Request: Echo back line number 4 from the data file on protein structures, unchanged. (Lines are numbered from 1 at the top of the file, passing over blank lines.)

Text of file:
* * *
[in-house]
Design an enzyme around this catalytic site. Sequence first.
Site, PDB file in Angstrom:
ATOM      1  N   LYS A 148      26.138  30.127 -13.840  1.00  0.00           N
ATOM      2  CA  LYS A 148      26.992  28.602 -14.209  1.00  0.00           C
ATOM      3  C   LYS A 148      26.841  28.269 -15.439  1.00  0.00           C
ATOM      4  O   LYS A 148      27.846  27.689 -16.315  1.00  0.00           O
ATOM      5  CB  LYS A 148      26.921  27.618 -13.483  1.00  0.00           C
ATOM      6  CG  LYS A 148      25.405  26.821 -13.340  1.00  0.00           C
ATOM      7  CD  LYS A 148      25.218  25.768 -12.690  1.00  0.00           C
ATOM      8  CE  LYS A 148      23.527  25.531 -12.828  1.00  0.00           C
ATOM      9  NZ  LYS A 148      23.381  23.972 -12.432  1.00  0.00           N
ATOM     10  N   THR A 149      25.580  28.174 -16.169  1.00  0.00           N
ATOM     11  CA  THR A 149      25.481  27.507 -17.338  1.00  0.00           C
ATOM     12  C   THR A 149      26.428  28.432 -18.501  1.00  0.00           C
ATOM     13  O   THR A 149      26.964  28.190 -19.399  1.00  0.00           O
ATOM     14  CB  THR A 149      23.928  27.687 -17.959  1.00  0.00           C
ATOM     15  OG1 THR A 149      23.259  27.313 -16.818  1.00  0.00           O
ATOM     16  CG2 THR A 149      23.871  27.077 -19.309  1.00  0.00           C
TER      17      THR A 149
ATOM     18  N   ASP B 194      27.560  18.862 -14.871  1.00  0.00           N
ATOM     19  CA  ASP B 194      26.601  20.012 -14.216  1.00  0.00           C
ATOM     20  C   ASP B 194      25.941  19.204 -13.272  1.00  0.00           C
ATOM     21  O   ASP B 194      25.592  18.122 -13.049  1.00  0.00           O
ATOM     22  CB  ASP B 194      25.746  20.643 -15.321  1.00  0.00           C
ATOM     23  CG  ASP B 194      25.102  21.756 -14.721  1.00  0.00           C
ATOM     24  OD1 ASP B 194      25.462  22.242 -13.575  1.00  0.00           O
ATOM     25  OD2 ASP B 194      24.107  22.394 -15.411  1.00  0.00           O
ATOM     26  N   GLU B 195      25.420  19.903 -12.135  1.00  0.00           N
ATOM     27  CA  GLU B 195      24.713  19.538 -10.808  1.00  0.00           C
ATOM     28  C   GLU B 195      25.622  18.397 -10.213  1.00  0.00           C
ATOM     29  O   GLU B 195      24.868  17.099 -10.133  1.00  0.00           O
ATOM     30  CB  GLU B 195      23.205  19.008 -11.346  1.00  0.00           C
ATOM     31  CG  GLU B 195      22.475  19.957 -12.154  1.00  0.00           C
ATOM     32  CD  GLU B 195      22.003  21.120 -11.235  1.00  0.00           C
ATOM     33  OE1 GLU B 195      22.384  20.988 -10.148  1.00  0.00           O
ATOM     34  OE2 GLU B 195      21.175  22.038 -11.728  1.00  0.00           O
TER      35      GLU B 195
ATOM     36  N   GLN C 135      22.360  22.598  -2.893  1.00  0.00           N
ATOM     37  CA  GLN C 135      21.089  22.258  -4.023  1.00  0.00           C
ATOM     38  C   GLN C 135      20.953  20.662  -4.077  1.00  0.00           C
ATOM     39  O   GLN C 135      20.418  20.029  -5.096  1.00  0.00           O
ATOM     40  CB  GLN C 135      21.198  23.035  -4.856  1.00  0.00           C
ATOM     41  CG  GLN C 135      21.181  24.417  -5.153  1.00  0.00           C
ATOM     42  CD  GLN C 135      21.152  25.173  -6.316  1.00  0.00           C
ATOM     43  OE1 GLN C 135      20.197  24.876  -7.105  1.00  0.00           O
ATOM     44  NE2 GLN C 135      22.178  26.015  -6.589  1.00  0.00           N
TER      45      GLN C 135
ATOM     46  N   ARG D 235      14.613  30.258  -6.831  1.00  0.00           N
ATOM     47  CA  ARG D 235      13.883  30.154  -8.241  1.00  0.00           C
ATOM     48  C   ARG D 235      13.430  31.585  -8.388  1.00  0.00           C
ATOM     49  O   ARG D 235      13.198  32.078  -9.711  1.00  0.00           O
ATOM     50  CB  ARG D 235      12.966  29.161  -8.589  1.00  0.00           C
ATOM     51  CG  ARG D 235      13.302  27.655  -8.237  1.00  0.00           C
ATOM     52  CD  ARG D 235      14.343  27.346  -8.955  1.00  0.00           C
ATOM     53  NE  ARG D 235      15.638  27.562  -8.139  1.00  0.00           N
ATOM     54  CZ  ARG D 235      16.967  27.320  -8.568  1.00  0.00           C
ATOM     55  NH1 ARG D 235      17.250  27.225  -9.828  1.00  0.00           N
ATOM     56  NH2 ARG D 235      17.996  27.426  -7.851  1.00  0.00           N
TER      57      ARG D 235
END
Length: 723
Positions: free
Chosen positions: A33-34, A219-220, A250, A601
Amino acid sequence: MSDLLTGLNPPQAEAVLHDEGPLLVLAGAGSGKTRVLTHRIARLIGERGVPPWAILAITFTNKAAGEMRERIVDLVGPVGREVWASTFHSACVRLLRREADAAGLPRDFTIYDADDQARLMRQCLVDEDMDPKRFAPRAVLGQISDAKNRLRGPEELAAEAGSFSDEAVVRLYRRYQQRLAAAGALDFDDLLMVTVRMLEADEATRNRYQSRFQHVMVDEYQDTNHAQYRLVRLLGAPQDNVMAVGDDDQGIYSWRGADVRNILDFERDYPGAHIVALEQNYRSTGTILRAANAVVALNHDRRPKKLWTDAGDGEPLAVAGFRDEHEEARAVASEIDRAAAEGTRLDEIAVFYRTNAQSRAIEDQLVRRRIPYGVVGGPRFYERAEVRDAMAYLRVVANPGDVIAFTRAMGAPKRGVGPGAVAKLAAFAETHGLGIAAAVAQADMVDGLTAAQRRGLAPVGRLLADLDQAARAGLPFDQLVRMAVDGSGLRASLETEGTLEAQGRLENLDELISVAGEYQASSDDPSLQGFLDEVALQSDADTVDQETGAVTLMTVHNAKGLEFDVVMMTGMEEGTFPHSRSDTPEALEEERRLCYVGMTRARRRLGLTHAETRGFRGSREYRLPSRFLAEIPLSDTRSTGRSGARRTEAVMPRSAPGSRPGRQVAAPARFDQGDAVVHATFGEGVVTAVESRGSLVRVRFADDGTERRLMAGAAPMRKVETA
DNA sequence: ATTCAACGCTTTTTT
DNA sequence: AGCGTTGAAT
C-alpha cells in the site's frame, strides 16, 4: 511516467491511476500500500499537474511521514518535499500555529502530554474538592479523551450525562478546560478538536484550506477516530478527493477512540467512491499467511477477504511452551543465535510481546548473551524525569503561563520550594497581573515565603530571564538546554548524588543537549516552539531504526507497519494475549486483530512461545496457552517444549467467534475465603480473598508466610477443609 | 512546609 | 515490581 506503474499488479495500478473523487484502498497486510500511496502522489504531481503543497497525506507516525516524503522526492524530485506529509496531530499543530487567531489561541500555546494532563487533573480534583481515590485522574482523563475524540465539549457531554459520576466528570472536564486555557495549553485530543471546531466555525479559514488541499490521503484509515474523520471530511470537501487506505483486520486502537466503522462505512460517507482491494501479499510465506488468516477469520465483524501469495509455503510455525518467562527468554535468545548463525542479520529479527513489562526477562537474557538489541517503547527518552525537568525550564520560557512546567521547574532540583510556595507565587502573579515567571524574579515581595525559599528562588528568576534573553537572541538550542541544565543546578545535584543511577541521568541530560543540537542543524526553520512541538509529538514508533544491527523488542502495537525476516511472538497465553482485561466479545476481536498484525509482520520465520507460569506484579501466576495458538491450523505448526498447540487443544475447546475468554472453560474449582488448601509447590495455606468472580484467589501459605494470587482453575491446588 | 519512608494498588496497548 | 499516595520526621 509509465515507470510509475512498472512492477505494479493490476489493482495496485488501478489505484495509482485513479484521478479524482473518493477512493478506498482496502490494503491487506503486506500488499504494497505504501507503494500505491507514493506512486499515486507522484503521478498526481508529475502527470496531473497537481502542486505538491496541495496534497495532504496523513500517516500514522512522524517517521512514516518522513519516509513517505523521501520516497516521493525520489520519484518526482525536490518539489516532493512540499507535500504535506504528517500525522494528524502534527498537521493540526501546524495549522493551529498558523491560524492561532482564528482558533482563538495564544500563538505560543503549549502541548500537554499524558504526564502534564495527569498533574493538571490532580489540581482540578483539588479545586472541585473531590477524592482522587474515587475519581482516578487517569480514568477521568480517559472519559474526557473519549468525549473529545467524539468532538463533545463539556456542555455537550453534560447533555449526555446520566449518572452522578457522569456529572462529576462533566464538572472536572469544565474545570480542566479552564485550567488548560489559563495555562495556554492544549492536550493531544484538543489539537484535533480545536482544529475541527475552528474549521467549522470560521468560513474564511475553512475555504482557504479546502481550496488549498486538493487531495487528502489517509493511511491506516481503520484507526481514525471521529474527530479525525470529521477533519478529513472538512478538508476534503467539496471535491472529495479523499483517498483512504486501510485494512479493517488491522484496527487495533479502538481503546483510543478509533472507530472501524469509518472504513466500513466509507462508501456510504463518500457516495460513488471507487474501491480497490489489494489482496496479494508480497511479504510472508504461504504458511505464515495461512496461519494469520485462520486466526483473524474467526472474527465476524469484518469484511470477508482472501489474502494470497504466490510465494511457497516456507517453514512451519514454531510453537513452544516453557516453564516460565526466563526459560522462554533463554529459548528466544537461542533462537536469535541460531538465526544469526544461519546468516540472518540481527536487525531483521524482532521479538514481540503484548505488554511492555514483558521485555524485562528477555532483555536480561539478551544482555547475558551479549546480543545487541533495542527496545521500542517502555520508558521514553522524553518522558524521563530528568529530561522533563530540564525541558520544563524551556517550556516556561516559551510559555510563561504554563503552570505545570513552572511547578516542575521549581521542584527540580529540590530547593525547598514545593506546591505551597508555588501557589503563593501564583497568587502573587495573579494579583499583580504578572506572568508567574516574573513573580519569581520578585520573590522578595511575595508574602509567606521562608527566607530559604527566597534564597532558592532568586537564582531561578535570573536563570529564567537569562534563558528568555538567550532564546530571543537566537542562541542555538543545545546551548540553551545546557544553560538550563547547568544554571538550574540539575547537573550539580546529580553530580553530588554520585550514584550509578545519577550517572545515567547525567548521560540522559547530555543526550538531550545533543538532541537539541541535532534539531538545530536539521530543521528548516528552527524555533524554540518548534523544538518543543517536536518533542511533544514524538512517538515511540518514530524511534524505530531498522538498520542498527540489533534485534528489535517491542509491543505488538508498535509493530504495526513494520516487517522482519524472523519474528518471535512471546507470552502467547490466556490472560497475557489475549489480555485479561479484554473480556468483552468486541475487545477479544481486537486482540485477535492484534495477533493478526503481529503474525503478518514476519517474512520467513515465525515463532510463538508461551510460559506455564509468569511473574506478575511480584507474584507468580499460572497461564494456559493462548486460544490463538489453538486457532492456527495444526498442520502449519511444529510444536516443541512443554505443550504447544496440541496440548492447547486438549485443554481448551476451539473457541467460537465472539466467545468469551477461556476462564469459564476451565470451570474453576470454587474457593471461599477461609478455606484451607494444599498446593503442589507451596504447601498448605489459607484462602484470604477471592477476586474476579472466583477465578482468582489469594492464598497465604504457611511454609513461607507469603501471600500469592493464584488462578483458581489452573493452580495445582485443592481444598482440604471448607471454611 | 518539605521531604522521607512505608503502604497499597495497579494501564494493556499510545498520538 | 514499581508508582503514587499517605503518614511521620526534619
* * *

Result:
ATOM      1  N   LYS A 148      26.138  30.127 -13.840  1.00  0.00           N